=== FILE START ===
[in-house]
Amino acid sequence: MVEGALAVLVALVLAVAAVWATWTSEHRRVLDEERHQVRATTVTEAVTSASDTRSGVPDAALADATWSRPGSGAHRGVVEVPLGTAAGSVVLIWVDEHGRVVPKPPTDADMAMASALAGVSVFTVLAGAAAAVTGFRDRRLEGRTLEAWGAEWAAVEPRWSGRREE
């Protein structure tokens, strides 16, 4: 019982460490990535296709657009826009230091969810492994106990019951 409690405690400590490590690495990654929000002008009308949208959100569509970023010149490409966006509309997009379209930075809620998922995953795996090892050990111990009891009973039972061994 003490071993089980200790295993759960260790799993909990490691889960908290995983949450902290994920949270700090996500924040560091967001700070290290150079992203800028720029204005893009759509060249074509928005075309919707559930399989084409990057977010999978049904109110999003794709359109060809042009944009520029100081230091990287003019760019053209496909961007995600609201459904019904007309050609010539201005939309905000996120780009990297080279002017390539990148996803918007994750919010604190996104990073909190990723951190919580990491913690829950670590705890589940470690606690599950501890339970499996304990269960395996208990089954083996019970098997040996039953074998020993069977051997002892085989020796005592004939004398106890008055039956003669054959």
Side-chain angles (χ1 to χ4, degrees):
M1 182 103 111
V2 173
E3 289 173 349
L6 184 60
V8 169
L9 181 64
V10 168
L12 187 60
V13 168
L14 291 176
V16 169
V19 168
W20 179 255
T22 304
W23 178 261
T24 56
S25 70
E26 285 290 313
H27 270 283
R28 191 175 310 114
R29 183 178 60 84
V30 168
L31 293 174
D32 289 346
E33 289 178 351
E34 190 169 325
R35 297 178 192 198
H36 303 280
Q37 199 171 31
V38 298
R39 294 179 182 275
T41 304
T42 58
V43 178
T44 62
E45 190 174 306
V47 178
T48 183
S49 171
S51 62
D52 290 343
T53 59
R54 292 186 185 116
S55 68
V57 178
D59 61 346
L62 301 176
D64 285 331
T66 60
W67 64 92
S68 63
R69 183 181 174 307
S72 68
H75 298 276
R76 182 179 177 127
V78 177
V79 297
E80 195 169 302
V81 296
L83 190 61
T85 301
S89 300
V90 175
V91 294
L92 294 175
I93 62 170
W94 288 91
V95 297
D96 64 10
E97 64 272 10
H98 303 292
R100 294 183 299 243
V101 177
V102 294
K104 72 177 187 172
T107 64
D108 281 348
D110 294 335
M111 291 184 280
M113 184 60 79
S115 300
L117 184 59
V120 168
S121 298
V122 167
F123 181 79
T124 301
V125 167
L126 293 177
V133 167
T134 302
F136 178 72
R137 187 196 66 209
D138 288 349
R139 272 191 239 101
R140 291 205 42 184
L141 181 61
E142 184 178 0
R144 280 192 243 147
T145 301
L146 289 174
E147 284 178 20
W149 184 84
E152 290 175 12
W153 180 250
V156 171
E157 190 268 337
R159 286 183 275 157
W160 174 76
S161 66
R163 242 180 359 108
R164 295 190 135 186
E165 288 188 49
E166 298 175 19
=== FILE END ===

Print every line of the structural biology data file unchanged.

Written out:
[in-house]
Amino acid sequence: MVEGALAVLVALVLAVAAVWATWTSEHRRVLDEERHQVRATTVTEAVTSASDTRSGVPDAALADATWSRPGSGAHRGVVEVPLGTAAGSVVLIWVDEHGRVVPKPPTDADMAMASALAGVSVFTVLAGAAAAVTGFRDRRLEGRTLEAWGAEWAAVEPRWSGRREE
């Protein structure tokens, strides 16, 4: 019982460490990535296709657009826009230091969810492994106990019951 409690405690400590490590690495990654929000002008009308949208959100569509970023010149490409966006509309997009379209930075809620998922995953795996090892050990111990009891009973039972061994 003490071993089980200790295993759960260790799993909990490691889960908290995983949450902290994920949270700090996500924040560091967001700070290290150079992203800028720029204005893009759509060249074509928005075309919707559930399989084409990057977010999978049904109110999003794709359109060809042009944009520029100081230091990287003019760019053209496909961007995600609201459904019904007309050609010539201005939309905000996120780009990297080279002017390539990148996803918007994750919010604190996104990073909190990723951190919580990491913690829950670590705890589940470690606690599950501890339970499996304990269960395996208990089954083996019970098997040996039953074998020993069977051997002892085989020796005592004939004398106890008055039956003669054959």
Side-chain angles (χ1 to χ4, degrees):
M1 182 103 111
V2 173
E3 289 173 349
L6 184 60
V8 169
L9 181 64
V10 168
L12 187 60
V13 168
L14 291 176
V16 169
V19 168
W20 179 255
T22 304
W23 178 261
T24 56
S25 70
E26 285 290 313
H27 270 283
R28 191 175 310 114
R29 183 178 60 84
V30 168
L31 293 174
D32 289 346
E33 289 178 351
E34 190 169 325
R35 297 178 192 198
H36 303 280
Q37 199 171 31
V38 298
R39 294 179 182 275
T41 304
T42 58
V43 178
T44 62
E45 190 174 306
V47 178
T48 183
S49 171
S51 62
D52 290 343
T53 59
R54 292 186 185 116
S55 68
V57 178
D59 61 346
L62 301 176
D64 285 331
T66 60
W67 64 92
S68 63
R69 183 181 174 307
S72 68
H75 298 276
R76 182 179 177 127
V78 177
V79 297
E80 195 169 302
V81 296
L83 190 61
T85 301
S89 300
V90 175
V91 294
L92 294 175
I93 62 170
W94 288 91
V95 297
D96 64 10
E97 64 272 10
H98 303 292
R100 294 183 299 243
V101 177
V102 294
K104 72 177 187 172
T107 64
D108 281 348
D110 294 335
M111 291 184 280
M113 184 60 79
S115 300
L117 184 59
V120 168
S121 298
V122 167
F123 181 79
T124 301
V125 167
L126 293 177
V133 167
T134 302
F136 178 72
R137 187 196 66 209
D138 288 349
R139 272 191 239 101
R140 291 205 42 184
L141 181 61
E142 184 178 0
R144 280 192 243 147
T145 301
L146 289 174
E147 284 178 20
W149 184 84
E152 290 175 12
W153 180 250
V156 171
E157 190 268 337
R159 286 183 275 157
W160 174 76
S161 66
R163 242 180 359 108
R164 295 190 135 186
E165 288 188 49
E166 298 175 19